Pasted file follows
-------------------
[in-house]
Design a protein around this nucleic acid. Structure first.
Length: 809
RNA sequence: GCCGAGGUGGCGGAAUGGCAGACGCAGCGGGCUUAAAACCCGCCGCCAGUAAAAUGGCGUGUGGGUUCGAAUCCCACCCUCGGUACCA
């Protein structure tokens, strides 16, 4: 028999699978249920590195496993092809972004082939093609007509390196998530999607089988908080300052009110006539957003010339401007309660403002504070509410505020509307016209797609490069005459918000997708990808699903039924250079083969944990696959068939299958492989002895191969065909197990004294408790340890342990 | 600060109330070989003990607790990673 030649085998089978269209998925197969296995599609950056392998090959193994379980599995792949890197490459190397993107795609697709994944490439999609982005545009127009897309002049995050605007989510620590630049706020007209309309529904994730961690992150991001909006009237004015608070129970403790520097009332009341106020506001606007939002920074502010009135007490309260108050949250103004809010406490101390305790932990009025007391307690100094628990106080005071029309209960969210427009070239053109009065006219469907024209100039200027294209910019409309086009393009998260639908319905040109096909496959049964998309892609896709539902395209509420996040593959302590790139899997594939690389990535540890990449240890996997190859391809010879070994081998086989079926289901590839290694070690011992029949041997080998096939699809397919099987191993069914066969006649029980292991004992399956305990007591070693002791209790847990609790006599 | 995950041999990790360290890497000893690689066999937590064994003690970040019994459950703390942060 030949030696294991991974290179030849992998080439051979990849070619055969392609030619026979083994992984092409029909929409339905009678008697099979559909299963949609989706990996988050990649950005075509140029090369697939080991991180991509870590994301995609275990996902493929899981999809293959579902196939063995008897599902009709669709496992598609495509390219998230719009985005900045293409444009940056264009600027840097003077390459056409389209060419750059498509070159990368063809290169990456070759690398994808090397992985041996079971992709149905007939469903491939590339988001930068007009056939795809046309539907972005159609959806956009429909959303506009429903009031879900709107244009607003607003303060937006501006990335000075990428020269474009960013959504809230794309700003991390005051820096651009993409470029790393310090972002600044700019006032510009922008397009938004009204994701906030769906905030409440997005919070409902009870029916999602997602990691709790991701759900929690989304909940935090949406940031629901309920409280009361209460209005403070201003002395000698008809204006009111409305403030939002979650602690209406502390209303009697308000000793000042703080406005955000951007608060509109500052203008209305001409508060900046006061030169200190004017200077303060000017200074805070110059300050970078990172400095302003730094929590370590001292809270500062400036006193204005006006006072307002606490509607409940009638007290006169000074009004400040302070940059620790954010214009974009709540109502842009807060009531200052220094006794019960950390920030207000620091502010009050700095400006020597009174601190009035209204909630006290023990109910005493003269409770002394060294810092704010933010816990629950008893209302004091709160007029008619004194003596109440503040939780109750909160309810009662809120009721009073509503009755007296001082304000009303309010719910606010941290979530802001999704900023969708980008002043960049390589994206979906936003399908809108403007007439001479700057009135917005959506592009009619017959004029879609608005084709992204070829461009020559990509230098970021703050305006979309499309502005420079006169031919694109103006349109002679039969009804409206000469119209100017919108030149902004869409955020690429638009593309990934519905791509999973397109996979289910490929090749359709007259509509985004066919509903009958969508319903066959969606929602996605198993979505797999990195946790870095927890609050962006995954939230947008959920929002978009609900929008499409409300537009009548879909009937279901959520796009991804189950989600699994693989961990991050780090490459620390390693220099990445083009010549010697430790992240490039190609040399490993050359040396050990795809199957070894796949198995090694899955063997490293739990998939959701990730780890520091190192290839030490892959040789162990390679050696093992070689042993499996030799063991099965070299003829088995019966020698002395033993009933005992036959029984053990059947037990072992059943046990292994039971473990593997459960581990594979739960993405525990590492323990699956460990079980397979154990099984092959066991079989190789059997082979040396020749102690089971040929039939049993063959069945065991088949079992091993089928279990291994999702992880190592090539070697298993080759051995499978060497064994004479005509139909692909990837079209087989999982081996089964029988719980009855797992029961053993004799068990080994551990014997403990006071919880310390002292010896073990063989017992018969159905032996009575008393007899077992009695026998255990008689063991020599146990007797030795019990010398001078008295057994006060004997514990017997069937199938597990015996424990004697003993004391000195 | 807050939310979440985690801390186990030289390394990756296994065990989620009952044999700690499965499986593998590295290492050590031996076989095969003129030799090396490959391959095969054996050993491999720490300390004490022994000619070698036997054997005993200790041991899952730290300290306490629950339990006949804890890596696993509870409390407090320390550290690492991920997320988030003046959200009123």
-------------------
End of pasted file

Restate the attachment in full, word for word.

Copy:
[in-house]
Design a protein around this nucleic acid. Structure first.
Length: 809
RNA sequence: GCCGAGGUGGCGGAAUGGCAGACGCAGCGGGCUUAAAACCCGCCGCCAGUAAAAUGGCGUGUGGGUUCGAAUCCCACCCUCGGUACCA
């Protein structure tokens, strides 16, 4: 028999699978249920590195496993092809972004082939093609007509390196998530999607089988908080300052009110006539957003010339401007309660403002504070509410505020509307016209797609490069005459918000997708990808699903039924250079083969944990696959068939299958492989002895191969065909197990004294408790340890342990 | 600060109330070989003990607790990673 030649085998089978269209998925197969296995599609950056392998090959193994379980599995792949890197490459190397993107795609697709994944490439999609982005545009127009897309002049995050605007989510620590630049706020007209309309529904994730961690992150991001909006009237004015608070129970403790520097009332009341106020506001606007939002920074502010009135007490309260108050949250103004809010406490101390305790932990009025007391307690100094628990106080005071029309209960969210427009070239053109009065006219469907024209100039200027294209910019409309086009393009998260639908319905040109096909496959049964998309892609896709539902395209509420996040593959302590790139899997594939690389990535540890990449240890996997190859391809010879070994081998086989079926289901590839290694070690011992029949041997080998096939699809397919099987191993069914066969006649029980292991004992399956305990007591070693002791209790847990609790006599 | 995950041999990790360290890497000893690689066999937590064994003690970040019994459950703390942060 030949030696294991991974290179030849992998080439051979990849070619055969392609030619026979083994992984092409029909929409339905009678008697099979559909299963949609989706990996988050990649950005075509140029090369697939080991991180991509870590994301995609275990996902493929899981999809293959579902196939063995008897599902009709669709496992598609495509390219998230719009985005900045293409444009940056264009600027840097003077390459056409389209060419750059498509070159990368063809290169990456070759690398994808090397992985041996079971992709149905007939469903491939590339988001930068007009056939795809046309539907972005159609959806956009429909959303506009429903009031879900709107244009607003607003303060937006501006990335000075990428020269474009960013959504809230794309700003991390005051820096651009993409470029790393310090972002600044700019006032510009922008397009938004009204994701906030769906905030409440997005919070409902009870029916999602997602990691709790991701759900929690989304909940935090949406940031629901309920409280009361209460209005403070201003002395000698008809204006009111409305403030939002979650602690209406502390209303009697308000000793000042703080406005955000951007608060509109500052203008209305001409508060900046006061030169200190004017200077303060000017200074805070110059300050970078990172400095302003730094929590370590001292809270500062400036006193204005006006006072307002606490509607409940009638007290006169000074009004400040302070940059620790954010214009974009709540109502842009807060009531200052220094006794019960950390920030207000620091502010009050700095400006020597009174601190009035209204909630006290023990109910005493003269409770002394060294810092704010933010816990629950008893209302004091709160007029008619004194003596109440503040939780109750909160309810009662809120009721009073509503009755007296001082304000009303309010719910606010941290979530802001999704900023969708980008002043960049390589994206979906936003399908809108403007007439001479700057009135917005959506592009009619017959004029879609608005084709992204070829461009020559990509230098970021703050305006979309499309502005420079006169031919694109103006349109002679039969009804409206000469119209100017919108030149902004869409955020690429638009593309990934519905791509999973397109996979289910490929090749359709007259509509985004066919509903009958969508319903066959969606929602996605198993979505797999990195946790870095927890609050962006995954939230947008959920929002978009609900929008499409409300537009009548879909009937279901959520796009991804189950989600699994693989961990991050780090490459620390390693220099990445083009010549010697430790992240490039190609040399490993050359040396050990795809199957070894796949198995090694899955063997490293739990998939959701990730780890520091190192290839030490892959040789162990390679050696093992070689042993499996030799063991099965070299003829088995019966020698002395033993009933005992036959029984053990059947037990072992059943046990292994039971473990593997459960581990594979739960993405525990590492323990699956460990079980397979154990099984092959066991079989190789059997082979040396020749102690089971040929039939049993063959069945065991088949079992091993089928279990291994999702992880190592090539070697298993080759051995499978060497064994004479005509139909692909990837079209087989999982081996089964029988719980009855797992029961053993004799068990080994551990014997403990006071919880310390002292010896073990063989017992018969159905032996009575008393007899077992009695026998255990008689063991020599146990007797030795019990010398001078008295057994006060004997514990017997069937199938597990015996424990004697003993004391000195 | 807050939310979440985690801390186990030289390394990756296994065990989620009952044999700690499965499986593998590295290492050590031996076989095969003129030799090396490959391959095969054996050993491999720490300390004490022994000619070698036997054997005993200790041991899952730290300290306490629950339990006949804890890596696993509870409390407090320390550290690492991920997320988030003046959200009123």